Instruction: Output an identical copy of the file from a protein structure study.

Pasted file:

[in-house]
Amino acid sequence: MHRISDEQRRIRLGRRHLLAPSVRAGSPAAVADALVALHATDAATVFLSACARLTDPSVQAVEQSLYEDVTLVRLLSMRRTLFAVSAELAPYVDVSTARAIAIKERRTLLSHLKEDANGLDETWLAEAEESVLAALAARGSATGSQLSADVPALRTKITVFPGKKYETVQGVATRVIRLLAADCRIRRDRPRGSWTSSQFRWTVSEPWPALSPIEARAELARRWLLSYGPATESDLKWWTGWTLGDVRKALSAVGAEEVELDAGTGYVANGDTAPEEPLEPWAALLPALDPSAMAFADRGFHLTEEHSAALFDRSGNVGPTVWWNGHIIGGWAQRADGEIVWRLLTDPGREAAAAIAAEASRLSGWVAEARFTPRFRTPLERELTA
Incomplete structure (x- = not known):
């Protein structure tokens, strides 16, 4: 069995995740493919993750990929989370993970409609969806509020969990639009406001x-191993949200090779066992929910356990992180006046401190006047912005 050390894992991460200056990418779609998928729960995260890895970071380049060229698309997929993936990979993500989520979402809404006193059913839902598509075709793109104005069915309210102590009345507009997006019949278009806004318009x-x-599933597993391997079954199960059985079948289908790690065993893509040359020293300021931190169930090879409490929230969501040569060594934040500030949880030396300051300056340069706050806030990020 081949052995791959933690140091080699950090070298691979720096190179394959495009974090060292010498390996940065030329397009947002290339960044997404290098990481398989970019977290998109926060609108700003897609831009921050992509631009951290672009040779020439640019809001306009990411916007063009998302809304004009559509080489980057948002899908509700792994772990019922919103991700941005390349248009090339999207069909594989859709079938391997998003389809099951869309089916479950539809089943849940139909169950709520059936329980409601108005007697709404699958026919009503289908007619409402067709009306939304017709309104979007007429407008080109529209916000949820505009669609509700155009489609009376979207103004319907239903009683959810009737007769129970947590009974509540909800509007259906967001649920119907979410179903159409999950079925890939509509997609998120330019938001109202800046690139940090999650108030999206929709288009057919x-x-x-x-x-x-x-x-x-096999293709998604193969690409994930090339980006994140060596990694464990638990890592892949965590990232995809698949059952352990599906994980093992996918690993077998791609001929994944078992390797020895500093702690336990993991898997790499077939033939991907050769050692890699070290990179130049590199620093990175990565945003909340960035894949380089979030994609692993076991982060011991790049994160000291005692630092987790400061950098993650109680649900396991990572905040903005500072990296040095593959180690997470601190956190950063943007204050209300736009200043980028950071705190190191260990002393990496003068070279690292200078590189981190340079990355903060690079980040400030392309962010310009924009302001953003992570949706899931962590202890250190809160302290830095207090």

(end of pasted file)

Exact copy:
[in-house]
Amino acid sequence: MHRISDEQRRIRLGRRHLLAPSVRAGSPAAVADALVALHATDAATVFLSACARLTDPSVQAVEQSLYEDVTLVRLLSMRRTLFAVSAELAPYVDVSTARAIAIKERRTLLSHLKEDANGLDETWLAEAEESVLAALAARGSATGSQLSADVPALRTKITVFPGKKYETVQGVATRVIRLLAADCRIRRDRPRGSWTSSQFRWTVSEPWPALSPIEARAELARRWLLSYGPATESDLKWWTGWTLGDVRKALSAVGAEEVELDAGTGYVANGDTAPEEPLEPWAALLPALDPSAMAFADRGFHLTEEHSAALFDRSGNVGPTVWWNGHIIGGWAQRADGEIVWRLLTDPGREAAAAIAAEASRLSGWVAEARFTPRFRTPLERELTA
Incomplete structure (x- = not known):
């Protein structure tokens, strides 16, 4: 069995995740493919993750990929989370993970409609969806509020969990639009406001x-191993949200090779066992929910356990992180006046401190006047912005 050390894992991460200056990418779609998928729960995260890895970071380049060229698309997929993936990979993500989520979402809404006193059913839902598509075709793109104005069915309210102590009345507009997006019949278009806004318009x-x-599933597993391997079954199960059985079948289908790690065993893509040359020293300021931190169930090879409490929230969501040569060594934040500030949880030396300051300056340069706050806030990020 081949052995791959933690140091080699950090070298691979720096190179394959495009974090060292010498390996940065030329397009947002290339960044997404290098990481398989970019977290998109926060609108700003897609831009921050992509631009951290672009040779020439640019809001306009990411916007063009998302809304004009559509080489980057948002899908509700792994772990019922919103991700941005390349248009090339999207069909594989859709079938391997998003389809099951869309089916479950539809089943849940139909169950709520059936329980409601108005007697709404699958026919009503289908007619409402067709009306939304017709309104979007007429407008080109529209916000949820505009669609509700155009489609009376979207103004319907239903009683959810009737007769129970947590009974509540909800509007259906967001649920119907979410179903159409999950079925890939509509997609998120330019938001109202800046690139940090999650108030999206929709288009057919x-x-x-x-x-x-x-x-x-096999293709998604193969690409994930090339980006994140060596990694464990638990890592892949965590990232995809698949059952352990599906994980093992996918690993077998791609001929994944078992390797020895500093702690336990993991898997790499077939033939991907050769050692890699070290990179130049590199620093990175990565945003909340960035894949380089979030994609692993076991982060011991790049994160000291005692630092987790400061950098993650109680649900396991990572905040903005500072990296040095593959180690997470601190956190950063943007204050209300736009200043980028950071705190190191260990002393990496003068070279690292200078590189981190340079990355903060690079980040400030392309962010310009924009302001953003992570949706899931962590202890250190809160302290830095207090």